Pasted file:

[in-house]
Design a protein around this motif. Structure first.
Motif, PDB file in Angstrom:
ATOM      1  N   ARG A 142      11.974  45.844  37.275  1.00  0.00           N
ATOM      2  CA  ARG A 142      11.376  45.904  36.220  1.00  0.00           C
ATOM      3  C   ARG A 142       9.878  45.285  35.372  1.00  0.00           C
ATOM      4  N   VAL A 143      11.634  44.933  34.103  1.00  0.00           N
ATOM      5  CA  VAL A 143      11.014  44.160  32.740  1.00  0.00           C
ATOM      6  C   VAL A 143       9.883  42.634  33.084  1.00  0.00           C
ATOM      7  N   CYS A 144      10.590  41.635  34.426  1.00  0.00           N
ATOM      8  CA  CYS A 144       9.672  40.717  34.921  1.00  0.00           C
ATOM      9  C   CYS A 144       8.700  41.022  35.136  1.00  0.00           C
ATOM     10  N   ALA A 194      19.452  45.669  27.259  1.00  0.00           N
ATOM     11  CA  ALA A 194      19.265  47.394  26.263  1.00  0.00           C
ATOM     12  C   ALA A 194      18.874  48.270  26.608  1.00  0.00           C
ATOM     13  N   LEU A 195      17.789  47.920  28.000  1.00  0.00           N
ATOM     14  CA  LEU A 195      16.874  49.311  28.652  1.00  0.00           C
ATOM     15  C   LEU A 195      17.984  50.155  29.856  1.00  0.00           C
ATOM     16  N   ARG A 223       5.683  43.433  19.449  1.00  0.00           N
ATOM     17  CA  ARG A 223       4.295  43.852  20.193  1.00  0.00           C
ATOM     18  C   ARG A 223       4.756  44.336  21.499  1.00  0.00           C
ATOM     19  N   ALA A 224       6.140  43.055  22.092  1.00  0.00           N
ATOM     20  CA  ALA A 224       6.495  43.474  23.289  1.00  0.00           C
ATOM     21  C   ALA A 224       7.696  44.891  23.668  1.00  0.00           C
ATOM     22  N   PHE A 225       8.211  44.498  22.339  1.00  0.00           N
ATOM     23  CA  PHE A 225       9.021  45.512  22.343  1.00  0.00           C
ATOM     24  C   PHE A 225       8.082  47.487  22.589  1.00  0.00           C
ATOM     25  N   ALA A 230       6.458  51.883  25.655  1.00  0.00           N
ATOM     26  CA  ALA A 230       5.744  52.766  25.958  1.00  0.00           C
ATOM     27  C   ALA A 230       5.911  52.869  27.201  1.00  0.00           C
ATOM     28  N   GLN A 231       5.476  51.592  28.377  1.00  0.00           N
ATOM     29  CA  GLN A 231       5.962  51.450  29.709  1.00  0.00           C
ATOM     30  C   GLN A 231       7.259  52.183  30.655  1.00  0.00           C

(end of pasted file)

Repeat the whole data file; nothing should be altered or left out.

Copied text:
[in-house]
Design a protein around this motif. Structure first.
Motif, PDB file in Angstrom:
ATOM      1  N   ARG A 142      11.974  45.844  37.275  1.00  0.00           N
ATOM      2  CA  ARG A 142      11.376  45.904  36.220  1.00  0.00           C
ATOM      3  C   ARG A 142       9.878  45.285  35.372  1.00  0.00           C
ATOM      4  N   VAL A 143      11.634  44.933  34.103  1.00  0.00           N
ATOM      5  CA  VAL A 143      11.014  44.160  32.740  1.00  0.00           C
ATOM      6  C   VAL A 143       9.883  42.634  33.084  1.00  0.00           C
ATOM      7  N   CYS A 144      10.590  41.635  34.426  1.00  0.00           N
ATOM      8  CA  CYS A 144       9.672  40.717  34.921  1.00  0.00           C
ATOM      9  C   CYS A 144       8.700  41.022  35.136  1.00  0.00           C
ATOM     10  N   ALA A 194      19.452  45.669  27.259  1.00  0.00           N
ATOM     11  CA  ALA A 194      19.265  47.394  26.263  1.00  0.00           C
ATOM     12  C   ALA A 194      18.874  48.270  26.608  1.00  0.00           C
ATOM     13  N   LEU A 195      17.789  47.920  28.000  1.00  0.00           N
ATOM     14  CA  LEU A 195      16.874  49.311  28.652  1.00  0.00           C
ATOM     15  C   LEU A 195      17.984  50.155  29.856  1.00  0.00           C
ATOM     16  N   ARG A 223       5.683  43.433  19.449  1.00  0.00           N
ATOM     17  CA  ARG A 223       4.295  43.852  20.193  1.00  0.00           C
ATOM     18  C   ARG A 223       4.756  44.336  21.499  1.00  0.00           C
ATOM     19  N   ALA A 224       6.140  43.055  22.092  1.00  0.00           N
ATOM     20  CA  ALA A 224       6.495  43.474  23.289  1.00  0.00           C
ATOM     21  C   ALA A 224       7.696  44.891  23.668  1.00  0.00           C
ATOM     22  N   PHE A 225       8.211  44.498  22.339  1.00  0.00           N
ATOM     23  CA  PHE A 225       9.021  45.512  22.343  1.00  0.00           C
ATOM     24  C   PHE A 225       8.082  47.487  22.589  1.00  0.00           C
ATOM     25  N   ALA A 230       6.458  51.883  25.655  1.00  0.00           N
ATOM     26  CA  ALA A 230       5.744  52.766  25.958  1.00  0.00           C
ATOM     27  C   ALA A 230       5.911  52.869  27.201  1.00  0.00           C
ATOM     28  N   GLN A 231       5.476  51.592  28.377  1.00  0.00           N
ATOM     29  CA  GLN A 231       5.962  51.450  29.709  1.00  0.00           C
ATOM     30  C   GLN A 231       7.259  52.183  30.655  1.00  0.00           C